If you sell your homestead before applying for Florida Medicaid, you will have three months starting on the date the Florida Medicaid application is sent in to replace the homestead.
Make sure to use all of the proceeds you receive from the first sale. If you have proceeds left over after replacing the homestead, these proceeds will be countable assets for Florida Medicaid qualification purposes.
Are There Medicaid Exemptions For Transfers Of Assets
Under Medicaid, any transfer of assets within the past five years may trigger a Medicaid penalty. However, for most rules, there are also exceptions. Medicaid allows transfers in certain circumstances. If a transfer meets one of these exceptions, the transfer would not affect the Medicaid eligibility of the applicant.
Can I Transfer My Homestead To Someone Else While In A Nursing Home
Transferring the homestead should only be done in certain circumstances and should be done with extreme caution. If the homestead is not transferred properly the homestead could be considered a non-exempt asset and may have to be spent down.
Florida Medicaid allows transfers of homestead in the following circumstances:
- Legal spouse
- A blind or permanently disabled child
- A sibling who has equity interest in the home
- Adult son or daughter
When the homestead is transferred to a sibling who has an equity interest in the home, the transfer is only valid if the sibling both had an equity interest in the home and lived in the home for at least one year prior to the Medicaid applicant going to the nursing home.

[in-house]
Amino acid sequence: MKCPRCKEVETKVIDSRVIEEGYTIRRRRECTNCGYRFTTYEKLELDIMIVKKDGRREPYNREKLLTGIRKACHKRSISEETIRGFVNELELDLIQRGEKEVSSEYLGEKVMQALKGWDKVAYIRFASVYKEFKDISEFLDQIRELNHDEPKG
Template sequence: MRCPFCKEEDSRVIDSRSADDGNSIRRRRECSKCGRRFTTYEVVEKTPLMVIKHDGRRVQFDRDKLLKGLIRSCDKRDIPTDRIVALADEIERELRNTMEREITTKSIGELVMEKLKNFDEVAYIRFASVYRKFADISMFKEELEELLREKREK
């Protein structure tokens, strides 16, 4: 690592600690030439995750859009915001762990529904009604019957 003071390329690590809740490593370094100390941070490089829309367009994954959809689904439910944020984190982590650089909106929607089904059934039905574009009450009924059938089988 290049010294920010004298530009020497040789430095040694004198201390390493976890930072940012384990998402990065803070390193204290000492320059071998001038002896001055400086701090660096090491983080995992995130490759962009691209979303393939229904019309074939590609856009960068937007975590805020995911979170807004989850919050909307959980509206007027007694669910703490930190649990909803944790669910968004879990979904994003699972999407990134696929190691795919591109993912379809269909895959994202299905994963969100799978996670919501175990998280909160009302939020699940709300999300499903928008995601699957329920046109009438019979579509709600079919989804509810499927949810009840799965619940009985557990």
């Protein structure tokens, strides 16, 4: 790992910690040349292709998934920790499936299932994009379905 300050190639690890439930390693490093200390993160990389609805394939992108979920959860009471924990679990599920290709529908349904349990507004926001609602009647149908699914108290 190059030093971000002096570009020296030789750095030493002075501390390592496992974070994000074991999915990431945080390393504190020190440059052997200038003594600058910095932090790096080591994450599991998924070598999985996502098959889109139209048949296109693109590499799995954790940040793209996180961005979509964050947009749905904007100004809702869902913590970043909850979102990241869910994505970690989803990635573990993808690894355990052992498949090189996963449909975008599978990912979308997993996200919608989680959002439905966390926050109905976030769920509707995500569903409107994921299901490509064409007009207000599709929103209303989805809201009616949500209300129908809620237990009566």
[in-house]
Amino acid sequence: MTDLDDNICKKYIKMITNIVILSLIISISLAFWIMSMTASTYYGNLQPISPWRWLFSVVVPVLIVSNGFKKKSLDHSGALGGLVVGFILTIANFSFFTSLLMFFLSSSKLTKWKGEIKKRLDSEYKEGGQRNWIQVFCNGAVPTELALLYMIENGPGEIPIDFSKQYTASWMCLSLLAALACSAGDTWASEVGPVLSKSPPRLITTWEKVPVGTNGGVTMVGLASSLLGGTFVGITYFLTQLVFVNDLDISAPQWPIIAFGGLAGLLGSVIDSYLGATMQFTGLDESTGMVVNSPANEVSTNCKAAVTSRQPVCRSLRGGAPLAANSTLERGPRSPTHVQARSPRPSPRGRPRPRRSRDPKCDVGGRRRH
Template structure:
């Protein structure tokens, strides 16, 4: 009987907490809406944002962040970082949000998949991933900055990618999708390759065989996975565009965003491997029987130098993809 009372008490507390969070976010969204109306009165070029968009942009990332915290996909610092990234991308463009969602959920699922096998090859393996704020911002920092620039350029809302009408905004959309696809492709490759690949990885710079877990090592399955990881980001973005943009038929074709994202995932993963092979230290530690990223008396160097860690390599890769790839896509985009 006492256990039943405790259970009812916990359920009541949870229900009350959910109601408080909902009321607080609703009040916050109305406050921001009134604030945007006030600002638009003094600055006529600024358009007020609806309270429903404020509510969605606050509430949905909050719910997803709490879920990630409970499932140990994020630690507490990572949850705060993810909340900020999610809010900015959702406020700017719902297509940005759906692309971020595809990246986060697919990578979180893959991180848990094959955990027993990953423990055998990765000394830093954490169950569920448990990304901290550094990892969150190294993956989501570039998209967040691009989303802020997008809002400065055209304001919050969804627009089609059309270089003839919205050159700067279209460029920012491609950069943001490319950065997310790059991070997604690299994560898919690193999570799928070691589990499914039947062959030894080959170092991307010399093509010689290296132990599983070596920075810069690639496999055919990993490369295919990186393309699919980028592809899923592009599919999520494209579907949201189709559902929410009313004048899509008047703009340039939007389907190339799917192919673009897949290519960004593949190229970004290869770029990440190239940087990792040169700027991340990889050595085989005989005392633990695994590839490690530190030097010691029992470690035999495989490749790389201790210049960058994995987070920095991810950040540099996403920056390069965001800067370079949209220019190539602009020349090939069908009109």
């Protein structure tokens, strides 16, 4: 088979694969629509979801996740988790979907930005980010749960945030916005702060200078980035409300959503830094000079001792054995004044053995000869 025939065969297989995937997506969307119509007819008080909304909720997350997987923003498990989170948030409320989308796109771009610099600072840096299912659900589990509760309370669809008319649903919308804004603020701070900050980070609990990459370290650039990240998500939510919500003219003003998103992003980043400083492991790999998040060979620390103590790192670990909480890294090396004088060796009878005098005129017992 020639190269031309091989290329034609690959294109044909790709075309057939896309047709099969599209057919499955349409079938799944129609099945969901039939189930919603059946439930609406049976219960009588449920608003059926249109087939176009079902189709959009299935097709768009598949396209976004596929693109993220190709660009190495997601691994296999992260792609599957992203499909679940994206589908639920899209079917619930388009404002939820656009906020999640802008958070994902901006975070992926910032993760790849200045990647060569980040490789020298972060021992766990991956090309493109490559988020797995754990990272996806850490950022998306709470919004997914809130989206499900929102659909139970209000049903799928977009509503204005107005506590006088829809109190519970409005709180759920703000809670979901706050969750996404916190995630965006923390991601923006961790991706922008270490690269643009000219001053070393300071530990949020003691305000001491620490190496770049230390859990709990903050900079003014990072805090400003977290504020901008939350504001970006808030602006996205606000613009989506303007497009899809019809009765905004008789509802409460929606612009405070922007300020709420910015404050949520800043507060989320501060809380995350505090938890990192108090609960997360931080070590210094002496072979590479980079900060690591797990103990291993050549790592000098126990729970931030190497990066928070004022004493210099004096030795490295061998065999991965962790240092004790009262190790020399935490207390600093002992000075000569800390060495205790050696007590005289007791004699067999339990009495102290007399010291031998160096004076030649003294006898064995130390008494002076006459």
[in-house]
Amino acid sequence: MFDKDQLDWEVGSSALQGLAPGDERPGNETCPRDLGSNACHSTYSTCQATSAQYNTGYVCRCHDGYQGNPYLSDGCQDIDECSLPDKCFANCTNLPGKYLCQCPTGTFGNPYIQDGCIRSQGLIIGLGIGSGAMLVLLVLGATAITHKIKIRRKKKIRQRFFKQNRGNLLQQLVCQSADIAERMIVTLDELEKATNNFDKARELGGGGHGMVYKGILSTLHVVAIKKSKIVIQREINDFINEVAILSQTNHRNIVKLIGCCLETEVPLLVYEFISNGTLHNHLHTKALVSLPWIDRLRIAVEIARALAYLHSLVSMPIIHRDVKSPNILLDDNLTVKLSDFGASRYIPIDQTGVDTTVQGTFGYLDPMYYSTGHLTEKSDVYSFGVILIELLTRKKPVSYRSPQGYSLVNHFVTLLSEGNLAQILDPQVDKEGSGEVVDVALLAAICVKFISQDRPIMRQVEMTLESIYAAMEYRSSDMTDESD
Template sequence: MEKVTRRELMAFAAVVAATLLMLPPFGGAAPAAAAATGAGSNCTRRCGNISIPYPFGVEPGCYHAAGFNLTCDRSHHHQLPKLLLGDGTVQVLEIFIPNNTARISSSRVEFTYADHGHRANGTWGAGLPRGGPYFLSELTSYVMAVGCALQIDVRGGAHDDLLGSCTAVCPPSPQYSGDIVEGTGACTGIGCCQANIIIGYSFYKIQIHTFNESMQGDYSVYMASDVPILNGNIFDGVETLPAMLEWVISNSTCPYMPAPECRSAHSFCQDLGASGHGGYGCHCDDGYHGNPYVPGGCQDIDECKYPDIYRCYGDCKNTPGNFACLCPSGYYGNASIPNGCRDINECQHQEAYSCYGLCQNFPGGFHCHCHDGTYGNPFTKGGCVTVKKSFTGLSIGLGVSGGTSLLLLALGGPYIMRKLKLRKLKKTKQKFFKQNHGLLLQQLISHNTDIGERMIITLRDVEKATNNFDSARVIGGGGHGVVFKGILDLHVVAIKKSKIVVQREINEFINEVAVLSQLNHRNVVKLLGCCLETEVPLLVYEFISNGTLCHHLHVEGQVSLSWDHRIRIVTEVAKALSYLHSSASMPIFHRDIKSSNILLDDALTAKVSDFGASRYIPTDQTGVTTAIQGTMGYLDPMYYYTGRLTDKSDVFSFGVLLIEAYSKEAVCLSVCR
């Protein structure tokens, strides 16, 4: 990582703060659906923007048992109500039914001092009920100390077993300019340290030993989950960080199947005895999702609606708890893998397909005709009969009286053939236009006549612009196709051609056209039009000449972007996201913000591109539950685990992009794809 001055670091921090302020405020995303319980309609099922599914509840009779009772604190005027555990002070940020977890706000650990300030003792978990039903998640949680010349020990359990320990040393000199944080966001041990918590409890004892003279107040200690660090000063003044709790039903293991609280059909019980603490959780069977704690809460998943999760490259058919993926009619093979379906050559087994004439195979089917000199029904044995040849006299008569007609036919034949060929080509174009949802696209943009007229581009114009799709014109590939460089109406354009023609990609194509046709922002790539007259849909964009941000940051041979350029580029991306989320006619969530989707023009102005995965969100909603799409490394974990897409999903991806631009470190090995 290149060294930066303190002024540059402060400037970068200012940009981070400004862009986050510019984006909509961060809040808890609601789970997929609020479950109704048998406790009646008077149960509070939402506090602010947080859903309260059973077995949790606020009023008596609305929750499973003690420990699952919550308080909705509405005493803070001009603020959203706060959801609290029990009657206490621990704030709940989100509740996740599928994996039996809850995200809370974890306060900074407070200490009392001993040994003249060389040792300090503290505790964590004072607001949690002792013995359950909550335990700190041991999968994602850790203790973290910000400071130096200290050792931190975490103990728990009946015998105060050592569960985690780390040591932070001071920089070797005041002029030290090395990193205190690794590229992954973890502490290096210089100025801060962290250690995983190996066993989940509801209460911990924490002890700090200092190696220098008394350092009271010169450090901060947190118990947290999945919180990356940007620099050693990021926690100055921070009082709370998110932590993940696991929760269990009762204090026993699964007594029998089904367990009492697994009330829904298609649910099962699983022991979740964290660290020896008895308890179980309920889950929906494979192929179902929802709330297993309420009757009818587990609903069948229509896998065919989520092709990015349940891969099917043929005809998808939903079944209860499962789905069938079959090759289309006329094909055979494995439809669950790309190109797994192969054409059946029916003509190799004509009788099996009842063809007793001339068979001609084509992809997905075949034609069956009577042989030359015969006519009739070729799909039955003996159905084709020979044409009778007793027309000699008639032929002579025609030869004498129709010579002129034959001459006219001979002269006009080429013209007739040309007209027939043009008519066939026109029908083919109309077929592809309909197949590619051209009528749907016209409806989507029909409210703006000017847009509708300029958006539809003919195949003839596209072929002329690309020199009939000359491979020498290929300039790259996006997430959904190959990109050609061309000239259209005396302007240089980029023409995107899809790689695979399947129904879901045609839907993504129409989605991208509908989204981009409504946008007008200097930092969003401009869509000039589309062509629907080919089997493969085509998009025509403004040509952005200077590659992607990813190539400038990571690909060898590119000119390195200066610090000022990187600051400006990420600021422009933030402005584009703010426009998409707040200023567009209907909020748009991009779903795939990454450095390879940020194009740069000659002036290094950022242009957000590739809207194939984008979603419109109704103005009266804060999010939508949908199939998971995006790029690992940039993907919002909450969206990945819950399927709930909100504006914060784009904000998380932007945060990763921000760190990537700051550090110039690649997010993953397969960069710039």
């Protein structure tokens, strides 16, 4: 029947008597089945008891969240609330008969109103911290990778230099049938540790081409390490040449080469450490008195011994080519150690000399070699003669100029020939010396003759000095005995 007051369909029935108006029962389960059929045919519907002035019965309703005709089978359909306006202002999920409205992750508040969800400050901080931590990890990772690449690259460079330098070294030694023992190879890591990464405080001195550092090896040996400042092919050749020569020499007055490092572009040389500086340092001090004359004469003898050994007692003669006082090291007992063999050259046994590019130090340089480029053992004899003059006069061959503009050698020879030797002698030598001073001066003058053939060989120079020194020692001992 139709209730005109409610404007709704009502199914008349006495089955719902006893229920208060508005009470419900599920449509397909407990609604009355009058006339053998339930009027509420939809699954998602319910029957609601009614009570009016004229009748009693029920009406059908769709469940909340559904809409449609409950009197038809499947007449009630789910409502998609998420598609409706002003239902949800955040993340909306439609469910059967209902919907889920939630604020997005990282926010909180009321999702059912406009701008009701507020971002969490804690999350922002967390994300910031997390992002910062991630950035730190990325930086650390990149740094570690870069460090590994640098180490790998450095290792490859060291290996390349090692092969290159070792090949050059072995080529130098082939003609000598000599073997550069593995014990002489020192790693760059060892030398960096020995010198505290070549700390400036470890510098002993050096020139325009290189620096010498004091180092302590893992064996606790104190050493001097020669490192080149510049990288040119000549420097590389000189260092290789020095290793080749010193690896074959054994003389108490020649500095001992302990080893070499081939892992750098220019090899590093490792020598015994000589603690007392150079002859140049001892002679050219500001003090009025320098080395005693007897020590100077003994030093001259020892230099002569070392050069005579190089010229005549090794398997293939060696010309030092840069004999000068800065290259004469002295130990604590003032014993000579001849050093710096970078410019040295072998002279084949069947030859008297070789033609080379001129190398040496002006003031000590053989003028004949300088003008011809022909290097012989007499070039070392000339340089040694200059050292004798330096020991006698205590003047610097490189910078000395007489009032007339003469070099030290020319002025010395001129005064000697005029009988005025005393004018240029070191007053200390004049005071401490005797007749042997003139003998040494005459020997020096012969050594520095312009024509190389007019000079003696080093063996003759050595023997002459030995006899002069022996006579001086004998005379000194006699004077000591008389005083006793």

Similar to transferring homestead to a sibling, homestead can be transferred to an adult child if the child was residing in the home for at least two years prior to the Medicaid applicant going to the nursing home.
How When & Why To Protect A Familys Financial Assets When Applying For Medicaid Long Term Care
SummaryIt is a common misperception that a family or couple must give up or spend down all their financial assets in order for a loved one to qualify for Medicaid Long Term Care. This is not the case. Not only does Medicaid offer certain protections to prevent spousal impoverishment, but there are also proactive steps a family can take to preserve much of their financial assets.
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Asset Limits For 2019